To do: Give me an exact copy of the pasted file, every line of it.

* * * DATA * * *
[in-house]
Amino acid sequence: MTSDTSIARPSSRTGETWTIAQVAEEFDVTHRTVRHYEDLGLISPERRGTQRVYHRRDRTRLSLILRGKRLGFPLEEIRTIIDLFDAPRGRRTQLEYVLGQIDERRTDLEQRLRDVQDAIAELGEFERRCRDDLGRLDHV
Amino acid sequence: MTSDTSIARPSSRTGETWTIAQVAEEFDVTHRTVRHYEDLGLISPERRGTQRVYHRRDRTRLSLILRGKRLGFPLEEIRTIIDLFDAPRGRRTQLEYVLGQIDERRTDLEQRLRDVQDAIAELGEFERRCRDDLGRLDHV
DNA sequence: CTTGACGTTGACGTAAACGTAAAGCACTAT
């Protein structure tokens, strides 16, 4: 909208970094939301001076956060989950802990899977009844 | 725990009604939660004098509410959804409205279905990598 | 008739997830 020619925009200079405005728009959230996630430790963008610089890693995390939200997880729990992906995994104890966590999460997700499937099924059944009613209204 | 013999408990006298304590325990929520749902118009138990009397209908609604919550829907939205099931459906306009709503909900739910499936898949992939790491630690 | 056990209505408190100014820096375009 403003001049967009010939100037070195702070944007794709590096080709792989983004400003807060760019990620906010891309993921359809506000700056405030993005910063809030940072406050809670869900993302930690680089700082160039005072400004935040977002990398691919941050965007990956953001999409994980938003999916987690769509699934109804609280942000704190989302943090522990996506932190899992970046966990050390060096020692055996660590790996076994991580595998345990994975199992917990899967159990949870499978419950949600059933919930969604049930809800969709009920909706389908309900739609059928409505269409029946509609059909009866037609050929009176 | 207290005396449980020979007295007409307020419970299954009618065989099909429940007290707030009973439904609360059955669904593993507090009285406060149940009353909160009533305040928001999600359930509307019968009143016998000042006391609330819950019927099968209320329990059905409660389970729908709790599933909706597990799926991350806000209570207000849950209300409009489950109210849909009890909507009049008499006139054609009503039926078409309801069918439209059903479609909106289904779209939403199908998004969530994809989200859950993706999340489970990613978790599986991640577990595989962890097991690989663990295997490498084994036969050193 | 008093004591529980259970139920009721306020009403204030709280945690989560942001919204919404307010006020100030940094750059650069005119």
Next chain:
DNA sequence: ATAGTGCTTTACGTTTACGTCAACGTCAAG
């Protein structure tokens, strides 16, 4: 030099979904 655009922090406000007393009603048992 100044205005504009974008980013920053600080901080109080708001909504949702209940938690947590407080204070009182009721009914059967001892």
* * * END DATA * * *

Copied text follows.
[in-house]
Amino acid sequence: MTSDTSIARPSSRTGETWTIAQVAEEFDVTHRTVRHYEDLGLISPERRGTQRVYHRRDRTRLSLILRGKRLGFPLEEIRTIIDLFDAPRGRRTQLEYVLGQIDERRTDLEQRLRDVQDAIAELGEFERRCRDDLGRLDHV
Amino acid sequence: MTSDTSIARPSSRTGETWTIAQVAEEFDVTHRTVRHYEDLGLISPERRGTQRVYHRRDRTRLSLILRGKRLGFPLEEIRTIIDLFDAPRGRRTQLEYVLGQIDERRTDLEQRLRDVQDAIAELGEFERRCRDDLGRLDHV
DNA sequence: CTTGACGTTGACGTAAACGTAAAGCACTAT
């Protein structure tokens, strides 16, 4: 909208970094939301001076956060989950802990899977009844 | 725990009604939660004098509410959804409205279905990598 | 008739997830 020619925009200079405005728009959230996630430790963008610089890693995390939200997880729990992906995994104890966590999460997700499937099924059944009613209204 | 013999408990006298304590325990929520749902118009138990009397209908609604919550829907939205099931459906306009709503909900739910499936898949992939790491630690 | 056990209505408190100014820096375009 403003001049967009010939100037070195702070944007794709590096080709792989983004400003807060760019990620906010891309993921359809506000700056405030993005910063809030940072406050809670869900993302930690680089700082160039005072400004935040977002990398691919941050965007990956953001999409994980938003999916987690769509699934109804609280942000704190989302943090522990996506932190899992970046966990050390060096020692055996660590790996076994991580595998345990994975199992917990899967159990949870499978419950949600059933919930969604049930809800969709009920909706389908309900739609059928409505269409029946509609059909009866037609050929009176 | 207290005396449980020979007295007409307020419970299954009618065989099909429940007290707030009973439904609360059955669904593993507090009285406060149940009353909160009533305040928001999600359930509307019968009143016998000042006391609330819950019927099968209320329990059905409660389970729908709790599933909706597990799926991350806000209570207000849950209300409009489950109210849909009890909507009049008499006139054609009503039926078409309801069918439209059903479609909106289904779209939403199908998004969530994809989200859950993706999340489970990613978790599986991640577990595989962890097991690989663990295997490498084994036969050193 | 008093004591529980259970139920009721306020009403204030709280945690989560942001919204919404307010006020100030940094750059650069005119």
Next chain:
DNA sequence: ATAGTGCTTTACGTTTACGTCAACGTCAAG
């Protein structure tokens, strides 16, 4: 030099979904 655009922090406000007393009603048992 100044205005504009974008980013920053600080901080109080708001909504949702209940938690947590407080204070009182009721009914059967001892």